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Resume reason for leaving - should you include reasons for leaving on your resume?

When putting together your resume, it's vital to ensure that this all-important selling document is well laid out, punchy and informative.

This means focusing on your key achievements, the principal responsibilities in your more recent/more senior roles and the career progression you've enjoyed along the way, whilst avoiding the inclusion of irrelevant information that will clutter your resume and distract the reader from the most important points.

This is often easier said than done, and one area in particular where people struggle to decide what to include is with regard to their various job moves. Obviously, any future employer is going to want to find out why you made the moves you did and how your career has progressed as a result, as well as exploring any gaps between jobs, but is your resume the right place to include such information? In most cases, the answer is no.

General information about straightforward job moves, such as moving to another company to progress your career, should not be included. The wording of your resume should make clear to any potential employer that these were positive career decisions, through a change in job title, wider responsibilities or greater role dimensions. Any information you feel is particularly relevant, perhaps such as being approached by a former boss to join them, or your new company being a more significant player in your marketplace, can be included in your cover letter.

But what if all hasn't gone to plan in your career and you have experienced some periods of redundancy? It's still better in most cases simply to summarise your actual employment history, with the relevant dates, rather than going into detail about the reasons for any gaps on your resume. Again, use your cover letter to explain any obvious gaps, which may be a result of downsizing, company relocation or market related problems within your particular industry, for example. Keep the wording of your letter positive and forward-looking, rather than dwelling on what's happened, but be prepared to discuss the detail of any periods of redundancy openly at interview.

Although the general rule is that the reasons for leaving a job should not be included in your resume, there are certain notable exceptions. The first of these is if you have taken maternity leave. If you have subsequently returned to your employer at the end of the allotted time period, this should be highlighted as a one-line entry on the resume under the same company heading, rather than a job move as such. If relevant, make reference to any change of conditions on your return, such as becoming home-based, or working on a more part-time basis.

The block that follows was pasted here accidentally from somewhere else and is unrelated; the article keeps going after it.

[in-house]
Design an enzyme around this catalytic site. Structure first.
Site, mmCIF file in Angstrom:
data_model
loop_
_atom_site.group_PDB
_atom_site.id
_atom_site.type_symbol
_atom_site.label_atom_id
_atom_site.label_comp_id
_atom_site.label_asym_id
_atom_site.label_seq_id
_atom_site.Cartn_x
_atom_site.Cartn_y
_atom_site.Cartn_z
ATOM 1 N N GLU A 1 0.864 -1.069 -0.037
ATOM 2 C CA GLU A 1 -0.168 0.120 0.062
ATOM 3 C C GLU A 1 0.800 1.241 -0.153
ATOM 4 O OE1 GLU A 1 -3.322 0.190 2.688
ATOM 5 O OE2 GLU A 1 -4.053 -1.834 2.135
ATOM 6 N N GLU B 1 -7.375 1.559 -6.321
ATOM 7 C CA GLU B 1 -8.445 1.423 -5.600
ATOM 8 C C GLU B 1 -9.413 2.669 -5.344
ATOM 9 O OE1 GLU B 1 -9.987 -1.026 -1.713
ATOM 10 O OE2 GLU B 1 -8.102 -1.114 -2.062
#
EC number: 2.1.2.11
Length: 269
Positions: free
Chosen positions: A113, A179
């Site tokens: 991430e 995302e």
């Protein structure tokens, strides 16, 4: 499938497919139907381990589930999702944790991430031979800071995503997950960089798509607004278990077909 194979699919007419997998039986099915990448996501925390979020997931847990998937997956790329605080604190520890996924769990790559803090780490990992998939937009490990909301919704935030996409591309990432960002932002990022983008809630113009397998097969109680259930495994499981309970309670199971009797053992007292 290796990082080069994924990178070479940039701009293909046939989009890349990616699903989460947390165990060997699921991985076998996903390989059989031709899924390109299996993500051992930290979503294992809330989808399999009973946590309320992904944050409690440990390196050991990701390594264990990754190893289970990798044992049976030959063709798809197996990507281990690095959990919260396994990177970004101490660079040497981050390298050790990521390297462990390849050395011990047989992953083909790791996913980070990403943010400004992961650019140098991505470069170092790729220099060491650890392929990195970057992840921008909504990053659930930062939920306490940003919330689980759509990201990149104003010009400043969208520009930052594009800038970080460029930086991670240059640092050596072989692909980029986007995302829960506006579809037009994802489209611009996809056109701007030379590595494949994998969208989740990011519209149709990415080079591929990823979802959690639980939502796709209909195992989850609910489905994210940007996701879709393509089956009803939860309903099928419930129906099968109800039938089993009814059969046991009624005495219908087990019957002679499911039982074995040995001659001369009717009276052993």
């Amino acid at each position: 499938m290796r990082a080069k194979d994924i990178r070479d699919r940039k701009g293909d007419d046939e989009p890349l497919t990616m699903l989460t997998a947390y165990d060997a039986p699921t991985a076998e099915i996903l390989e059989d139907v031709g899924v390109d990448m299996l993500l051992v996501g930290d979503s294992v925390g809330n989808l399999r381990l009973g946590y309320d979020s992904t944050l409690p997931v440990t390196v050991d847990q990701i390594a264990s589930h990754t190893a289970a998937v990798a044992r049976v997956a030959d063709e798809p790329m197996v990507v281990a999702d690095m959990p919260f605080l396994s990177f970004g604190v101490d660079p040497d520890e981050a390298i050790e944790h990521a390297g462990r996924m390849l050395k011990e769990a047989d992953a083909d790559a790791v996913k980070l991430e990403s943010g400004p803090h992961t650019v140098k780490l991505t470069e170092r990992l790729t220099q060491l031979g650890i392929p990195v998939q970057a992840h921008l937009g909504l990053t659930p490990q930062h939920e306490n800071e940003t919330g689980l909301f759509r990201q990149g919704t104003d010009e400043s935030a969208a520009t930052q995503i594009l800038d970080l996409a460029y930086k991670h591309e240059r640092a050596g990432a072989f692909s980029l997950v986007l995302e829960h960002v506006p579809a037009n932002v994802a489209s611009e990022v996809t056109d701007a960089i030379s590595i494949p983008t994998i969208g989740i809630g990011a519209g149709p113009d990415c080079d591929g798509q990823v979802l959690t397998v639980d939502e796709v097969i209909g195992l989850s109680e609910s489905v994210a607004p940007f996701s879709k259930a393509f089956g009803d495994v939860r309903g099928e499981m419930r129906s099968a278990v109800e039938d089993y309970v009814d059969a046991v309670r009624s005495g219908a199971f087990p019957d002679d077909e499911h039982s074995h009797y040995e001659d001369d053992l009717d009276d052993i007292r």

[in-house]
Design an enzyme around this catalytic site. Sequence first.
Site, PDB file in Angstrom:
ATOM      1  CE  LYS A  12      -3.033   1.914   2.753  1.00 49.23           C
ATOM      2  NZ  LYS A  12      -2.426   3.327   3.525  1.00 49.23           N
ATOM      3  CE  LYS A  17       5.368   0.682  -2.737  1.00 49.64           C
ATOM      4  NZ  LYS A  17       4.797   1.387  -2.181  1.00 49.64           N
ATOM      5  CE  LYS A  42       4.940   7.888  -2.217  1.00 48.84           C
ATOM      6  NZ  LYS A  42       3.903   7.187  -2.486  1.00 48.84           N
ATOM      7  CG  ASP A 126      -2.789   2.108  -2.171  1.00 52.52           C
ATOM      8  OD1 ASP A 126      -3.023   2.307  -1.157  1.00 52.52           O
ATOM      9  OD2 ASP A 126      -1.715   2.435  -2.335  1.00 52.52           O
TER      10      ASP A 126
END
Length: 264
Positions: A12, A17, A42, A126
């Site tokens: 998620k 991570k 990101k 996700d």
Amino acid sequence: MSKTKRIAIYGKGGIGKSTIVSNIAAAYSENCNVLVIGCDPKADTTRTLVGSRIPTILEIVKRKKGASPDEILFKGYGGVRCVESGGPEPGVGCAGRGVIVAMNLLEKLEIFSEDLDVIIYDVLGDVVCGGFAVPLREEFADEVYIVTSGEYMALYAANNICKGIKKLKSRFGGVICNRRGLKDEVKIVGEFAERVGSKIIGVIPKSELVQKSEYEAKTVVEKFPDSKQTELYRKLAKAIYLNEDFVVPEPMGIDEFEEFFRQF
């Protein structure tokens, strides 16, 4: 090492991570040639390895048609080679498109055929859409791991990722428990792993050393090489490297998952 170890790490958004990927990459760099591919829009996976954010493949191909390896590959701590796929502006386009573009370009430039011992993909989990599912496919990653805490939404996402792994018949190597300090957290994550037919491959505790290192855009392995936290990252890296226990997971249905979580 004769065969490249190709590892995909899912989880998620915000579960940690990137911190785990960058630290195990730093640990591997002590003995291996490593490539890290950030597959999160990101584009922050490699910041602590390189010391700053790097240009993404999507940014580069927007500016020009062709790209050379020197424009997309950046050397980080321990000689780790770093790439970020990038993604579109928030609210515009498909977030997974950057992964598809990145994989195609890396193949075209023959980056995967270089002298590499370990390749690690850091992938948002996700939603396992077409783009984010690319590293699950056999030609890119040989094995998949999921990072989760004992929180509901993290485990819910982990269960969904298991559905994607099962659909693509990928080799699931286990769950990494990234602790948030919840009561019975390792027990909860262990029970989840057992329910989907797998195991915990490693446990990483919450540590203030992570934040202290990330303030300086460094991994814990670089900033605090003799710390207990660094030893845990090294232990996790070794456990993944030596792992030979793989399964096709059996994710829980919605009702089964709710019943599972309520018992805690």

If you have taken an extended period of time out to raise your family, simply highlight the dates on your resume, with a description such as "maternity break". Refer to any relevant part-time work or study you may have completed during this period, if appropriate. Use your cover letter to reassure potential employers that you are now ready to return to the workplace and have made reliable childcare arrangements, as well as indicating any efforts you've made to keep yourself up-to-date with developments in your particular marketplace.

Other reasons for leaving a job that should be included in your resume are those that actively enhance your appeal to future employers. These would include taking a study break, perhaps to complete a degree, MBA or some sort of vocational qualification, which would be seen as expanding your skill-set and knowledge base, as well as indicating that you are ambitious and have taken active steps to move your career forward. A travel break is also often seen in a positive light, marking you out as someone who has a desire to broaden their horizons and is sufficiently confident in their ability to carve out a successful career that they are prepared to take a break for something that's important to them.

Finally, remember that your cover letter, which should be individually tailored for each job application, is the appropriate place to draw attention to any other significant information about job moves that does not properly belong in the resume itself.

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